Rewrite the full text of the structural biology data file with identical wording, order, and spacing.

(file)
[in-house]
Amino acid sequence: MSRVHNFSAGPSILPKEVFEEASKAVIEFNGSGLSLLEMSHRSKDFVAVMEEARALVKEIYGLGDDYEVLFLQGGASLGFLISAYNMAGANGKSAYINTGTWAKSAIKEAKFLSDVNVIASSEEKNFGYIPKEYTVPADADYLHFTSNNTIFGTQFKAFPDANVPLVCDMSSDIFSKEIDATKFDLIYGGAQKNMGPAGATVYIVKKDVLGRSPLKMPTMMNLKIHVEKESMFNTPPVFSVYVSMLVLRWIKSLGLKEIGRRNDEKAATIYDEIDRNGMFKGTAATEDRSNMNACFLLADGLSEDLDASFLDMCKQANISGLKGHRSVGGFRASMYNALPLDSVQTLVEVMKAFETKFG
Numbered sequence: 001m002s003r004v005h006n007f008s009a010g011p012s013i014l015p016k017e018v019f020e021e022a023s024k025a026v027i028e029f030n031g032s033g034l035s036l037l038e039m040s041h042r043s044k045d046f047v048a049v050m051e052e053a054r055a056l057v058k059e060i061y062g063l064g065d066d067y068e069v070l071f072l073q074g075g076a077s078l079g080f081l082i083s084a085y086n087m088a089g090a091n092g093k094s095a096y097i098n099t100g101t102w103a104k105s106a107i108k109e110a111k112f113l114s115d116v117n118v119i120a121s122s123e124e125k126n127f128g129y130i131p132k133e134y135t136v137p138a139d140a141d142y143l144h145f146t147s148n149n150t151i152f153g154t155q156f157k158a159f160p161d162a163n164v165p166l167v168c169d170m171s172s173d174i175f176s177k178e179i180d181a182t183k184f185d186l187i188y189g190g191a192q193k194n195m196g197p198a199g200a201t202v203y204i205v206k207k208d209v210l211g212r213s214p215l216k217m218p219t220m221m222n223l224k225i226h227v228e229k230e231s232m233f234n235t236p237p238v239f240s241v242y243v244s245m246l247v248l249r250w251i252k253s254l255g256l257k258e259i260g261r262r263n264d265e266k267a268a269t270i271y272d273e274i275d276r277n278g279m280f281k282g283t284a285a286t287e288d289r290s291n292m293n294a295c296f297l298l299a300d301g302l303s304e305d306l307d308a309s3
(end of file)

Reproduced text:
[in-house]
Amino acid sequence: MSRVHNFSAGPSILPKEVFEEASKAVIEFNGSGLSLLEMSHRSKDFVAVMEEARALVKEIYGLGDDYEVLFLQGGASLGFLISAYNMAGANGKSAYINTGTWAKSAIKEAKFLSDVNVIASSEEKNFGYIPKEYTVPADADYLHFTSNNTIFGTQFKAFPDANVPLVCDMSSDIFSKEIDATKFDLIYGGAQKNMGPAGATVYIVKKDVLGRSPLKMPTMMNLKIHVEKESMFNTPPVFSVYVSMLVLRWIKSLGLKEIGRRNDEKAATIYDEIDRNGMFKGTAATEDRSNMNACFLLADGLSEDLDASFLDMCKQANISGLKGHRSVGGFRASMYNALPLDSVQTLVEVMKAFETKFG
Numbered sequence: 001m002s003r004v005h006n007f008s009a010g011p012s013i014l015p016k017e018v019f020e021e022a023s024k025a026v027i028e029f030n031g032s033g034l035s036l037l038e039m040s041h042r043s044k045d046f047v048a049v050m051e052e053a054r055a056l057v058k059e060i061y062g063l064g065d066d067y068e069v070l071f072l073q074g075g076a077s078l079g080f081l082i083s084a085y086n087m088a089g090a091n092g093k094s095a096y097i098n099t100g101t102w103a104k105s106a107i108k109e110a111k112f113l114s115d116v117n118v119i120a121s122s123e124e125k126n127f128g129y130i131p132k133e134y135t136v137p138a139d140a141d142y143l144h145f146t147s148n149n150t151i152f153g154t155q156f157k158a159f160p161d162a163n164v165p166l167v168c169d170m171s172s173d174i175f176s177k178e179i180d181a182t183k184f185d186l187i188y189g190g191a192q193k194n195m196g197p198a199g200a201t202v203y204i205v206k207k208d209v210l211g212r213s214p215l216k217m218p219t220m221m222n223l224k225i226h227v228e229k230e231s232m233f234n235t236p237p238v239f240s241v242y243v244s245m246l247v248l249r250w251i252k253s254l255g256l257k258e259i260g261r262r263n264d265e266k267a268a269t270i271y272d273e274i275d276r277n278g279m280f281k282g283t284a285a286t287e288d289r290s291n292m293n294a295c296f297l298l299a300d301g302l303s304e305d306l307d308a309s3